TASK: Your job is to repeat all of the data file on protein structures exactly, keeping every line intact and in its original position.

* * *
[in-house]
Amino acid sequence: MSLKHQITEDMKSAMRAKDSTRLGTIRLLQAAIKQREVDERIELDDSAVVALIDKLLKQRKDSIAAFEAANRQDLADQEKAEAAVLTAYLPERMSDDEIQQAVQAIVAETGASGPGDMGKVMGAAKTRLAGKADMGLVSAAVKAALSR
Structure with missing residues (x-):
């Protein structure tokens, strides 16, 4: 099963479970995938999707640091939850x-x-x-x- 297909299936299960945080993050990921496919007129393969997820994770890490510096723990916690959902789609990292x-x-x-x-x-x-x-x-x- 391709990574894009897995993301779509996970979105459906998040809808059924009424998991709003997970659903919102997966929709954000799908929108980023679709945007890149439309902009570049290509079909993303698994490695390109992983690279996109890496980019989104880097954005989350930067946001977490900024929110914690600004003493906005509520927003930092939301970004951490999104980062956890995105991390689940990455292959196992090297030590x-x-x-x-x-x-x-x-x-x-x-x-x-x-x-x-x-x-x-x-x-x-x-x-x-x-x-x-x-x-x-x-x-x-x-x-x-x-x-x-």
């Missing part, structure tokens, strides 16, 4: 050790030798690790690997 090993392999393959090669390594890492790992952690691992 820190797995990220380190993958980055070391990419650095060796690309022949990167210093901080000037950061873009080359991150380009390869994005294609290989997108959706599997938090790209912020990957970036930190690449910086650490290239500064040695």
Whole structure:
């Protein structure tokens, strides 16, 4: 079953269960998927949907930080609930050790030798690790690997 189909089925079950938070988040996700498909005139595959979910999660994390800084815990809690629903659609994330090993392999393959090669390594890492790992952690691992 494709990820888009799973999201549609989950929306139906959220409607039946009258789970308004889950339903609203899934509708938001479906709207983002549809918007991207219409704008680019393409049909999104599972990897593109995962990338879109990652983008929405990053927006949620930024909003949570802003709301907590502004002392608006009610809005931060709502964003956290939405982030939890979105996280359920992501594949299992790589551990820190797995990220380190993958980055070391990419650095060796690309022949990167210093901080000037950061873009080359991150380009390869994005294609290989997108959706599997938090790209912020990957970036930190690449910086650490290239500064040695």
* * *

[in-house]
Amino acid sequence: MSLKHQITEDMKSAMRAKDSTRLGTIRLLQAAIKQREVDERIELDDSAVVALIDKLLKQRKDSIAAFEAANRQDLADQEKAEAAVLTAYLPERMSDDEIQQAVQAIVAETGASGPGDMGKVMGAAKTRLAGKADMGLVSAAVKAALSR
Structure with missing residues (x-):
């Protein structure tokens, strides 16, 4: 099963479970995938999707640091939850x-x-x-x- 297909299936299960945080993050990921496919007129393969997820994770890490510096723990916690959902789609990292x-x-x-x-x-x-x-x-x- 391709990574894009897995993301779509996970979105459906998040809808059924009424998991709003997970659903919102997966929709954000799908929108980023679709945007890149439309902009570049290509079909993303698994490695390109992983690279996109890496980019989104880097954005989350930067946001977490900024929110914690600004003493906005509520927003930092939301970004951490999104980062956890995105991390689940990455292959196992090297030590x-x-x-x-x-x-x-x-x-x-x-x-x-x-x-x-x-x-x-x-x-x-x-x-x-x-x-x-x-x-x-x-x-x-x-x-x-x-x-x-």
């Missing part, structure tokens, strides 16, 4: 050790030798690790690997 090993392999393959090669390594890492790992952690691992 820190797995990220380190993958980055070391990419650095060796690309022949990167210093901080000037950061873009080359991150380009390869994005294609290989997108959706599997938090790209912020990957970036930190690449910086650490290239500064040695």
Whole structure:
């Protein structure tokens, strides 16, 4: 079953269960998927949907930080609930050790030798690790690997 189909089925079950938070988040996700498909005139595959979910999660994390800084815990809690629903659609994330090993392999393959090669390594890492790992952690691992 494709990820888009799973999201549609989950929306139906959220409607039946009258789970308004889950339903609203899934509708938001479906709207983002549809918007991207219409704008680019393409049909999104599972990897593109995962990338879109990652983008929405990053927006949620930024909003949570802003709301907590502004002392608006009610809005931060709502964003956290939405982030939890979105996280359920992501594949299992790589551990820190797995990220380190993958980055070391990419650095060796690309022949990167210093901080000037950061873009080359991150380009390869994005294609290989997108959706599997938090790209912020990957970036930190690449910086650490290239500064040695």